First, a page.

Diarrhea

:: Everyone occasionally has diarrhea — loose, watery and possibly more-frequent bowel movements.

Bonum / Conditions / Diarrhea

Symptoms

Signs and symptoms associated with diarrhea may include:

  • Loose, watery stools
  • Abdominal cramps
  • Abdominal pain
  • Fever
  • Blood in the stool
  • Bloating
  • Nausea
  • Urgent need to have a bowel movement
Man-with-Diarrhea

Prevention

Preventing viral diarrhea

Wash your hands to prevent the spread of viral diarrhea. To ensure adequate hand-washing:

  • Wash frequently. Wash your hands before and after preparing food. Wash your hands after handling uncooked meat, using the toilet, changing diapers, sneezing, coughing and blowing your nose.
  • Lather with soap for at least 20 seconds. After putting soap on your hands, rub your hands together for at least 20 seconds. This is about as long as it takes to sing “Happy Birthday” twice through.
  • Use hand sanitizer when washing isn’t possible. Use an alcohol-based hand sanitizer when you can’t get to a sink. Apply the hand sanitizer as you would hand lotion, making sure to cover the fronts and backs of both hands. Use a product that contains at least 60 percent alcohol.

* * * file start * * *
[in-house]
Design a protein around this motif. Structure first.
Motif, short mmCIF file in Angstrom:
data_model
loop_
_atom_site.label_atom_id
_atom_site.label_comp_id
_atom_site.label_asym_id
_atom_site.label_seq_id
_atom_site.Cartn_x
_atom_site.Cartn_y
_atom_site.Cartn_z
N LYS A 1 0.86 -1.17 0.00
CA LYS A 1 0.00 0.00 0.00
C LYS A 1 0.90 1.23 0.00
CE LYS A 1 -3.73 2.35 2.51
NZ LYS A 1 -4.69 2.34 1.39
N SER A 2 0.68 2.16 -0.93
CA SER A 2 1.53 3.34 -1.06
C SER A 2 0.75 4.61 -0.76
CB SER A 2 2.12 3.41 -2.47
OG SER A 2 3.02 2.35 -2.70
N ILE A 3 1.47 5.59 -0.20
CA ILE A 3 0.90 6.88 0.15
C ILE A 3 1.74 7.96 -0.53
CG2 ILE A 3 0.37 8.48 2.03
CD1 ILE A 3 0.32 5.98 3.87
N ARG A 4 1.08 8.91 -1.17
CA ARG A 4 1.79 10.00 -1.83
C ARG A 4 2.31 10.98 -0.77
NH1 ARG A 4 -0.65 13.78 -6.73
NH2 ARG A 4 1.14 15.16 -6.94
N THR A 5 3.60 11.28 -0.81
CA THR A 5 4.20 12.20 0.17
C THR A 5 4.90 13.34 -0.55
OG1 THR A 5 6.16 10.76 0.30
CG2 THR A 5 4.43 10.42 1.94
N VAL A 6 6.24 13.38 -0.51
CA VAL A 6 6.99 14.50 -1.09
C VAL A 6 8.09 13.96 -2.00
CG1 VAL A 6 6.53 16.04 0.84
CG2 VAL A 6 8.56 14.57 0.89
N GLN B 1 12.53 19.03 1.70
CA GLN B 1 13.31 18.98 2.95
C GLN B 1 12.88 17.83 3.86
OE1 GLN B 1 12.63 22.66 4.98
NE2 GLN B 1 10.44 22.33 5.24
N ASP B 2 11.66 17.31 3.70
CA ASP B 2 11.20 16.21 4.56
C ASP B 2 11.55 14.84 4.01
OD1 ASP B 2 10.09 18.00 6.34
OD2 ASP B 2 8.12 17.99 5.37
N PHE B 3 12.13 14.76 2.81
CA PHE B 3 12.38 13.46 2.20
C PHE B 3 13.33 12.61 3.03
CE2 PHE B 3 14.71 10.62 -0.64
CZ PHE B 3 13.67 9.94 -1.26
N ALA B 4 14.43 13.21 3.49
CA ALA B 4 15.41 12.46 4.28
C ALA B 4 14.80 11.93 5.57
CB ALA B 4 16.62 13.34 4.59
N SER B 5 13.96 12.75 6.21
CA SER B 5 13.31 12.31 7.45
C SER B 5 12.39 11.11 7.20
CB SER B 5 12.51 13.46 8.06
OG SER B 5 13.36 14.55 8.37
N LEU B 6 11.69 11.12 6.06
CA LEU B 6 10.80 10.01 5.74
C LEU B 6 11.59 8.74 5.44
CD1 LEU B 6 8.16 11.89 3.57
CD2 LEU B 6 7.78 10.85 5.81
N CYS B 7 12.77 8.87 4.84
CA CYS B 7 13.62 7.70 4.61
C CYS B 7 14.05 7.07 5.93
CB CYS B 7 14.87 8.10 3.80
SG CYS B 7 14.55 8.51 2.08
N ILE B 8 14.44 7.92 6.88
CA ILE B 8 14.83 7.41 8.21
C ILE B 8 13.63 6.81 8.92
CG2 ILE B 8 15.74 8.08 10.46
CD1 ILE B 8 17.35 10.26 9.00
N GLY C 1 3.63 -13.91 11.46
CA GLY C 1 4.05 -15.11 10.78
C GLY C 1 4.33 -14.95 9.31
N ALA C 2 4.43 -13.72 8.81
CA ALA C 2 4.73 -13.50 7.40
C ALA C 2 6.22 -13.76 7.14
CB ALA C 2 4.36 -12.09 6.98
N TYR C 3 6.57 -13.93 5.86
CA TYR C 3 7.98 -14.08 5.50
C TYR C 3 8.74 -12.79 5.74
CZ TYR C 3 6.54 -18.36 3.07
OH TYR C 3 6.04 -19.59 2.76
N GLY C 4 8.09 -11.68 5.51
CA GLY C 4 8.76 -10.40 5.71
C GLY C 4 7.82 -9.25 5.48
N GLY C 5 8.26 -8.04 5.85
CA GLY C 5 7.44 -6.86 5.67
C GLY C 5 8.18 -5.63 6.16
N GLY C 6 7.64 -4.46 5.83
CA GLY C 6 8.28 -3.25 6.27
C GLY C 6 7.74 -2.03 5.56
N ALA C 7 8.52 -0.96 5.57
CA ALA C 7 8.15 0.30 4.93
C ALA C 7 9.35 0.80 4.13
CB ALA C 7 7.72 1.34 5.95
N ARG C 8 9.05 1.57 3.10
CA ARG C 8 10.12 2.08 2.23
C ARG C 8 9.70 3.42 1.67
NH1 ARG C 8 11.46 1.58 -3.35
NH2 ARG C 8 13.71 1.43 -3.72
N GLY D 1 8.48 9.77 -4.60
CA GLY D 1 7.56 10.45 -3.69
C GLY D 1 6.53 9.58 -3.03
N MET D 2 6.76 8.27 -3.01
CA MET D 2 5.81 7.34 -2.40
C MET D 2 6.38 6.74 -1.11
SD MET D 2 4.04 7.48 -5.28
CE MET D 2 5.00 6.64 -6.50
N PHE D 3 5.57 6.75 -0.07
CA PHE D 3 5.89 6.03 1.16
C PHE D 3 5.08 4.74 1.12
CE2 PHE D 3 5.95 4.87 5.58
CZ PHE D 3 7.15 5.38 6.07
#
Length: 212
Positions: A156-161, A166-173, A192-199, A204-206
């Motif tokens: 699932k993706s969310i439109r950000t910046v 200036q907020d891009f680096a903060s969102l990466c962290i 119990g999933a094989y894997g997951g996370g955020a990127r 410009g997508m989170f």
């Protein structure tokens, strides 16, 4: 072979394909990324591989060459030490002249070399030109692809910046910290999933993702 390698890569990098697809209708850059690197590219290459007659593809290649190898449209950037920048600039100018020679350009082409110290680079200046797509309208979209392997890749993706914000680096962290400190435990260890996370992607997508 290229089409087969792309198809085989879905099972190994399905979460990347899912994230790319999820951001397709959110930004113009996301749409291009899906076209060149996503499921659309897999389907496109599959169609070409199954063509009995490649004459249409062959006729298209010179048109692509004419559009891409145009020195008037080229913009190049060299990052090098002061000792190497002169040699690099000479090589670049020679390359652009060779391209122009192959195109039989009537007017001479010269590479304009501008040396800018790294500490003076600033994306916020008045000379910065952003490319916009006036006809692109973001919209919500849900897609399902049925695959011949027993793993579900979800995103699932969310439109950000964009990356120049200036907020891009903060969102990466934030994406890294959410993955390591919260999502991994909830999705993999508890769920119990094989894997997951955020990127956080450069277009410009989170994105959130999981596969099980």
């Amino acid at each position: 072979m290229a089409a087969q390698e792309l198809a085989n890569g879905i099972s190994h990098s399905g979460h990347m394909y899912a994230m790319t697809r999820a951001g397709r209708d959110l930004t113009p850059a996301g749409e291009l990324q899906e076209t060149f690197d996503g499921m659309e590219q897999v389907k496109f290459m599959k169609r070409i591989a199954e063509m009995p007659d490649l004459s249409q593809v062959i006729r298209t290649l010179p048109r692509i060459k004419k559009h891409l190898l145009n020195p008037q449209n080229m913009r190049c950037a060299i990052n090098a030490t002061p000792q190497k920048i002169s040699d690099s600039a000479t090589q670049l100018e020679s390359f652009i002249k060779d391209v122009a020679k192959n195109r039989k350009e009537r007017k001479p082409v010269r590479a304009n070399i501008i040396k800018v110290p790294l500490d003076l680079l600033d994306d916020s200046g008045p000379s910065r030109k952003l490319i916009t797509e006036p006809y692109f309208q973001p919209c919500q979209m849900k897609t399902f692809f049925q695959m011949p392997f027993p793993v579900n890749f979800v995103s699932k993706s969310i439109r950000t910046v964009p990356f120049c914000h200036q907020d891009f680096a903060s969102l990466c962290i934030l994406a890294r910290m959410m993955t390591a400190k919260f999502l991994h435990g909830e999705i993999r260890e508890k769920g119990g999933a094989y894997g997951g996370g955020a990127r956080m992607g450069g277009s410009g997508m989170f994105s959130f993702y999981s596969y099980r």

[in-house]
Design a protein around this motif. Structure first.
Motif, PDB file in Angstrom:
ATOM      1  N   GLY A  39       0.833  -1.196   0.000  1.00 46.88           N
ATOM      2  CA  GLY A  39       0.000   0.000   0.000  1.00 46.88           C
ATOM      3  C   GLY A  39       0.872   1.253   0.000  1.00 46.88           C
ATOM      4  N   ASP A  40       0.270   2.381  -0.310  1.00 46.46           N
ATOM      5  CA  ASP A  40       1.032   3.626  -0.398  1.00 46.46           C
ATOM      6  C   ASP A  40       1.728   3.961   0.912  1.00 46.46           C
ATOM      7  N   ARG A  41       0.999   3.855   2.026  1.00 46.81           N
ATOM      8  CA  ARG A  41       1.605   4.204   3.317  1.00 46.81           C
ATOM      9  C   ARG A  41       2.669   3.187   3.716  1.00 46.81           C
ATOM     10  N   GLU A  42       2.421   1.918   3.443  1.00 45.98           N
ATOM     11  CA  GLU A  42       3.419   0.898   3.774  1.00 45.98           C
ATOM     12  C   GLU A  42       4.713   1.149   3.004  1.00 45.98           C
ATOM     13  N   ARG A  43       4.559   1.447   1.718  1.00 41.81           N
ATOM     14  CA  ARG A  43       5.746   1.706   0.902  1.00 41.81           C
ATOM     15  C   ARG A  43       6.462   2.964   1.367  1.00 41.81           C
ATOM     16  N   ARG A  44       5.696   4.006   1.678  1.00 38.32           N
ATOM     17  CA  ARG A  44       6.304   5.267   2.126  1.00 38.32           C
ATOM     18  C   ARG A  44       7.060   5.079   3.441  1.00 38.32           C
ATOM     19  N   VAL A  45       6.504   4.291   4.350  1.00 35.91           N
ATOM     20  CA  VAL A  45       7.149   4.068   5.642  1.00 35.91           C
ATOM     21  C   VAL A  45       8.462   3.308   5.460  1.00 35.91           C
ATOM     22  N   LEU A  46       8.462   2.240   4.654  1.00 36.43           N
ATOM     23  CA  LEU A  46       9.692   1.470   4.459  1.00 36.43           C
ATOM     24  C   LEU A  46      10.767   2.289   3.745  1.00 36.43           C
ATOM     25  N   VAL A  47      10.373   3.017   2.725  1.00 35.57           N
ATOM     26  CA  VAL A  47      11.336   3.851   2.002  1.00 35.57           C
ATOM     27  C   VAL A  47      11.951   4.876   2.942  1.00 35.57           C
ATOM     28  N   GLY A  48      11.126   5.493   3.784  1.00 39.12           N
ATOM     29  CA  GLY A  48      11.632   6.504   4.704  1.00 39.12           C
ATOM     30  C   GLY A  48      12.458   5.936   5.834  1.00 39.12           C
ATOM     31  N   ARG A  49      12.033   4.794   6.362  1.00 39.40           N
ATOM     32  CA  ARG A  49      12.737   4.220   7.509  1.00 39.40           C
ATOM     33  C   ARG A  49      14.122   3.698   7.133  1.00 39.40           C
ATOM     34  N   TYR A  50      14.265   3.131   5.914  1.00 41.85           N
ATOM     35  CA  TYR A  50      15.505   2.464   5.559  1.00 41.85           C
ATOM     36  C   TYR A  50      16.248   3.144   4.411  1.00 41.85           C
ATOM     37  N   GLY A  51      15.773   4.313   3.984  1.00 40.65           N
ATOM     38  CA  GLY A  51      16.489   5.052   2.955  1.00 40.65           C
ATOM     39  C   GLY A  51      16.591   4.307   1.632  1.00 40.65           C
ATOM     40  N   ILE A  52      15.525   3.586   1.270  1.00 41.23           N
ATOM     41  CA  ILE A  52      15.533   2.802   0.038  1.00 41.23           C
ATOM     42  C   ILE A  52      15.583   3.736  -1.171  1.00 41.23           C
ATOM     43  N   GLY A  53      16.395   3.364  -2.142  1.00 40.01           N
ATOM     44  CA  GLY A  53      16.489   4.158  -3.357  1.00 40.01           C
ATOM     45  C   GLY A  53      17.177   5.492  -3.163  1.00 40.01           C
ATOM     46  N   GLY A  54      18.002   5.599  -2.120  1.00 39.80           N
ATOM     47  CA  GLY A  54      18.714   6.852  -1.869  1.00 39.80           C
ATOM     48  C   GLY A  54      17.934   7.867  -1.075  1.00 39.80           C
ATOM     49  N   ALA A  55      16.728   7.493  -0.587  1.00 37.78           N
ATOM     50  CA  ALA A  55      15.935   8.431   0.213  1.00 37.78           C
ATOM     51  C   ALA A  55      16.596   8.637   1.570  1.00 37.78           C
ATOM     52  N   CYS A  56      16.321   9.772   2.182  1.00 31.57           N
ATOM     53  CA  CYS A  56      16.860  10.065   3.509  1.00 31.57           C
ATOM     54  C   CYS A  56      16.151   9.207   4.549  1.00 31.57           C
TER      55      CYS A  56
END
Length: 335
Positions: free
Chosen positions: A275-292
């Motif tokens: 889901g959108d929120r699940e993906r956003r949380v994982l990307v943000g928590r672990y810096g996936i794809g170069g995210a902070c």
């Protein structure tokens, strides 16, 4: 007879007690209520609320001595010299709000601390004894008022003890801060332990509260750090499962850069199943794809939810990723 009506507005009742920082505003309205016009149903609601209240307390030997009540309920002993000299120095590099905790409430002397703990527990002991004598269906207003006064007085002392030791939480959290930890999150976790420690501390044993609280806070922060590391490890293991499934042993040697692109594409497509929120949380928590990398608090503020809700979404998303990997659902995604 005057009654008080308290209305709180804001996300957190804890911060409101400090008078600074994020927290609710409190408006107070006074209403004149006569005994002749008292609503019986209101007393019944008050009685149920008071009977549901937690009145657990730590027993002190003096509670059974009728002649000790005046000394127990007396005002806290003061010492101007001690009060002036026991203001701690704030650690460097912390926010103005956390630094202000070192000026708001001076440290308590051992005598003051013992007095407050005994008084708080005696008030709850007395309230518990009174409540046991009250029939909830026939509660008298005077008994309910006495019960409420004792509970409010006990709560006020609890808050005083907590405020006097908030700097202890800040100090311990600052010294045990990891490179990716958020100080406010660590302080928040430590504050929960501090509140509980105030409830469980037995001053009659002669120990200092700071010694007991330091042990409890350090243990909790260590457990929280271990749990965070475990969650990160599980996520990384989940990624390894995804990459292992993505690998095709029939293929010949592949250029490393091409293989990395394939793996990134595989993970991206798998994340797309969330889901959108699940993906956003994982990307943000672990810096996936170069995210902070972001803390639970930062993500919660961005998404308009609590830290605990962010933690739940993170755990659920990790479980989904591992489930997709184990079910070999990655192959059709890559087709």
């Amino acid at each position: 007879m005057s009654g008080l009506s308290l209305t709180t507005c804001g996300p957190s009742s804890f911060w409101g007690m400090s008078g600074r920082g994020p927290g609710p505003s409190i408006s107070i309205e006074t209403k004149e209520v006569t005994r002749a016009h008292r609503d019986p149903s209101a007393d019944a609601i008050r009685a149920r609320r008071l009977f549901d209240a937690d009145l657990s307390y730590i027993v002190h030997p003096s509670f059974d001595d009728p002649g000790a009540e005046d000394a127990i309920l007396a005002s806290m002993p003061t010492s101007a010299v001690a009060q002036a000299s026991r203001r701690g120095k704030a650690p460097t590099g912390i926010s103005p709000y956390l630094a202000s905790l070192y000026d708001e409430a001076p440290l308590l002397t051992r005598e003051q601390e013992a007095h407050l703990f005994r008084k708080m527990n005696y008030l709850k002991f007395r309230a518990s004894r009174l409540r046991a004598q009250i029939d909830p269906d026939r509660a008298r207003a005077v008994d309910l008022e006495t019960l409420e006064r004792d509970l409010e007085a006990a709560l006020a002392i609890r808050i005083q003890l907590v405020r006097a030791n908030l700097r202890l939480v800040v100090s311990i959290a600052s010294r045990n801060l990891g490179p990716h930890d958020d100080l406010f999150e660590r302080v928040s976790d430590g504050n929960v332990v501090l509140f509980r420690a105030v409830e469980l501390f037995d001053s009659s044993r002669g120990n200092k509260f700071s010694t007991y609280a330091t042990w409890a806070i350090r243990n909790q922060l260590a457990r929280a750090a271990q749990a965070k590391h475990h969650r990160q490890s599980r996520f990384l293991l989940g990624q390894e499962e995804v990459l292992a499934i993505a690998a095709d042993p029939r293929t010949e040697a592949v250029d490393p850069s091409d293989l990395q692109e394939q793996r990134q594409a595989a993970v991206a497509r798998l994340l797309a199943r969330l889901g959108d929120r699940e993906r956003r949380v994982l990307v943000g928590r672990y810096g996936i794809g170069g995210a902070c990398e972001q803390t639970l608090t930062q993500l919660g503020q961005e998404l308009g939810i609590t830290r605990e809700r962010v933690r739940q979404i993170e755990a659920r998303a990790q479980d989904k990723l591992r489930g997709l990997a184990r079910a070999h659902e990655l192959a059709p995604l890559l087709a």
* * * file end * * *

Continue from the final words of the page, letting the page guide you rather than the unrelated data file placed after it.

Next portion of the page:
Vaccination

You can help protect your infant from rotavirus, the most common cause of viral diarrhea in children, with one of two approved vaccines. Ask your baby’s doctor about having your baby vaccinated.

Preventing traveler’s diarrhea

Diarrhea commonly affects people who travel to countries where there’s inadequate sanitation and contaminated food. To reduce your risk:

  • Watch what you eat. Eat hot, well-cooked foods. Avoid raw fruits and vegetables unless you can peel them yourself. Also avoid raw or undercooked meats and dairy foods.
  • Watch what you drink. Drink bottled water, soda, beer or wine served in its original container. Avoid tap water and ice cubes. Use bottled water even for brushing your teeth. Keep your mouth closed while you shower.

Beverages made with boiled water, such as coffee and tea, are probably safe. Remember that alcohol and caffeine can aggravate diarrhea and dehydration.

  • Ask your doctor about antibiotics. If you’re traveling to a developing country for an extended time, ask your doctor about starting antibiotics before you go, especially if you have a weakened immune system. In certain cases, taking an antibiotic might reduce your risk of traveler’s diarrhea.
  •  Check for travel warnings. The Centers for Disease Control and Prevention maintains a travelers’ health website where disease warnings are posted for various countries. If you’re planning to travel outside of the United States, check there for warnings and tips for reducing your risk.

Still feeling sick?

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